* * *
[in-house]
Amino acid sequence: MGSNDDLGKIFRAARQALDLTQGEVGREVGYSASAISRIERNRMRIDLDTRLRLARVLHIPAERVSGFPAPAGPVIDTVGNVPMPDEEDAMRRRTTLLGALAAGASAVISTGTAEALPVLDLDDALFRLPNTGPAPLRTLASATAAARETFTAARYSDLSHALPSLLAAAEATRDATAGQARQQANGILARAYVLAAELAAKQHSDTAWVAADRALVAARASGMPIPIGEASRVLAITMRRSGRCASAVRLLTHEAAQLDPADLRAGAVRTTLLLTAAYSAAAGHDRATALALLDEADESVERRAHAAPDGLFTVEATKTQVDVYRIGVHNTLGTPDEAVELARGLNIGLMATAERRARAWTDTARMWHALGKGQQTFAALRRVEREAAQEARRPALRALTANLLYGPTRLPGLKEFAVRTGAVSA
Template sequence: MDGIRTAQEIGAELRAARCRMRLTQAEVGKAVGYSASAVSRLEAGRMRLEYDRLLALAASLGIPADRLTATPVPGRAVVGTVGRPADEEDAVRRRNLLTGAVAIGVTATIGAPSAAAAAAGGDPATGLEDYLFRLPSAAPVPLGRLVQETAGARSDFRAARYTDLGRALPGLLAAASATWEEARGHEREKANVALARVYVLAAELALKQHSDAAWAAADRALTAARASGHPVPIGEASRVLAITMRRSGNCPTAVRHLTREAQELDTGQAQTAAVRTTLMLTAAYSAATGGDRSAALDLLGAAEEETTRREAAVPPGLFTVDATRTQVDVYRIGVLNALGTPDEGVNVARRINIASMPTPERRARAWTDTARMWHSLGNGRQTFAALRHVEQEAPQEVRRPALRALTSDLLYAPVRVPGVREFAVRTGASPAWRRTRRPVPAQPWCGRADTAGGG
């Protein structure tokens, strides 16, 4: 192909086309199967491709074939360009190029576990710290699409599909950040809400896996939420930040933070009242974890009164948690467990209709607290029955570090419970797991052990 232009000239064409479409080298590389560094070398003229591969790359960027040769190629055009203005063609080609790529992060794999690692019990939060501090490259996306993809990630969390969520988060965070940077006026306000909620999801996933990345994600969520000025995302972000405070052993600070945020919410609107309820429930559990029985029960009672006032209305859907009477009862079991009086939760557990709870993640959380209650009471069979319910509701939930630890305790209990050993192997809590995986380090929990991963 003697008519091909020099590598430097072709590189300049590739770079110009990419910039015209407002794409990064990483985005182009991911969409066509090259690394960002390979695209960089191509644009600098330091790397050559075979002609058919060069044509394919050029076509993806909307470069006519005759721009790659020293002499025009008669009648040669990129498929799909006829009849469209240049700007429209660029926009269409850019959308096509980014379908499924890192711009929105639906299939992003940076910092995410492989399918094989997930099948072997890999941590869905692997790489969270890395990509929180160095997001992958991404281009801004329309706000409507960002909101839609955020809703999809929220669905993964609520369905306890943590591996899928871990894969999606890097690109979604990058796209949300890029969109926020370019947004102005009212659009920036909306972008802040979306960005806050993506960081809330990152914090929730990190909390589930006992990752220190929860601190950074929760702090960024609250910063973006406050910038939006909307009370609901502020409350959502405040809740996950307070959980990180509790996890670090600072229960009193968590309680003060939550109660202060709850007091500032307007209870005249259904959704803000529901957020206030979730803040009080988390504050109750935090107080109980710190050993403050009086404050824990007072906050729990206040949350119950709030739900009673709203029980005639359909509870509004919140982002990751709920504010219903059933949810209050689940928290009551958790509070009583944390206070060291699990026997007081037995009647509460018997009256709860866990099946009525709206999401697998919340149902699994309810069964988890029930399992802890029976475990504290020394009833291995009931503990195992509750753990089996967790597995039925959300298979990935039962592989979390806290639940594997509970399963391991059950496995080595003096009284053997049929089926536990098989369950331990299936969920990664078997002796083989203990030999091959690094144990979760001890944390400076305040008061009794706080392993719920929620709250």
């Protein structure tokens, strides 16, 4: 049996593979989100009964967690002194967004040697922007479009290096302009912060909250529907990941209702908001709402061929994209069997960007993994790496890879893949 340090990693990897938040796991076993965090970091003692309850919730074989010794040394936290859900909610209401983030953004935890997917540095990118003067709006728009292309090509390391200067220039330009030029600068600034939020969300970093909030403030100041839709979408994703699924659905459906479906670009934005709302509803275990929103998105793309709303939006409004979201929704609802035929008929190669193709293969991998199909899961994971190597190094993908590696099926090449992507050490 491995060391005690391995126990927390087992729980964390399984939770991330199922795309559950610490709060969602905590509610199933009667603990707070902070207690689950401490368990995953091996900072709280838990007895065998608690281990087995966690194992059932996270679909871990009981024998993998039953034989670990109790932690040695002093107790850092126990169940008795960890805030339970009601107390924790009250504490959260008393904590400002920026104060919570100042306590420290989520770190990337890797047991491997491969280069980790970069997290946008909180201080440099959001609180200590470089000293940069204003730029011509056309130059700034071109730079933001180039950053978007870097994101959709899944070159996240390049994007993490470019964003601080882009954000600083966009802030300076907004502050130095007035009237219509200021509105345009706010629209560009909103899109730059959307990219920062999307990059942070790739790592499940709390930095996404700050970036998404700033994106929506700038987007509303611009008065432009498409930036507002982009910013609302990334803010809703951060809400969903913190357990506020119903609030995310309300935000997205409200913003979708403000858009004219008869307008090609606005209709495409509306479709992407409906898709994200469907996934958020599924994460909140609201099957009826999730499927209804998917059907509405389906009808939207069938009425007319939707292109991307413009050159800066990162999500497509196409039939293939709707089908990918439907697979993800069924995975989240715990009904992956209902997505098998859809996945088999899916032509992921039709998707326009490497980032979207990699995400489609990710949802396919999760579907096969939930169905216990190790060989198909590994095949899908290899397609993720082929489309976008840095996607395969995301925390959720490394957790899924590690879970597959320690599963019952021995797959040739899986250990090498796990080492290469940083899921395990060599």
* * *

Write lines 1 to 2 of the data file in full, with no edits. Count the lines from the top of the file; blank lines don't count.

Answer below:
[in-house]
Amino acid sequence: MGSNDDLGKIFRAARQALDLTQGEVGREVGYSASAISRIERNRMRIDLDTRLRLARVLHIPAERVSGFPAPAGPVIDTVGNVPMPDEEDAMRRRTTLLGALAAGASAVISTGTAEALPVLDLDDALFRLPNTGPAPLRTLASATAAARETFTAARYSDLSHALPSLLAAAEATRDATAGQARQQANGILARAYVLAAELAAKQHSDTAWVAADRALVAARASGMPIPIGEASRVLAITMRRSGRCASAVRLLTHEAAQLDPADLRAGAVRTTLLLTAAYSAAAGHDRATALALLDEADESVERRAHAAPDGLFTVEATKTQVDVYRIGVHNTLGTPDEAVELARGLNIGLMATAERRARAWTDTARMWHALGKGQQTFAALRRVEREAAQEARRPALRALTANLLYGPTRLPGLKEFAVRTGAVSA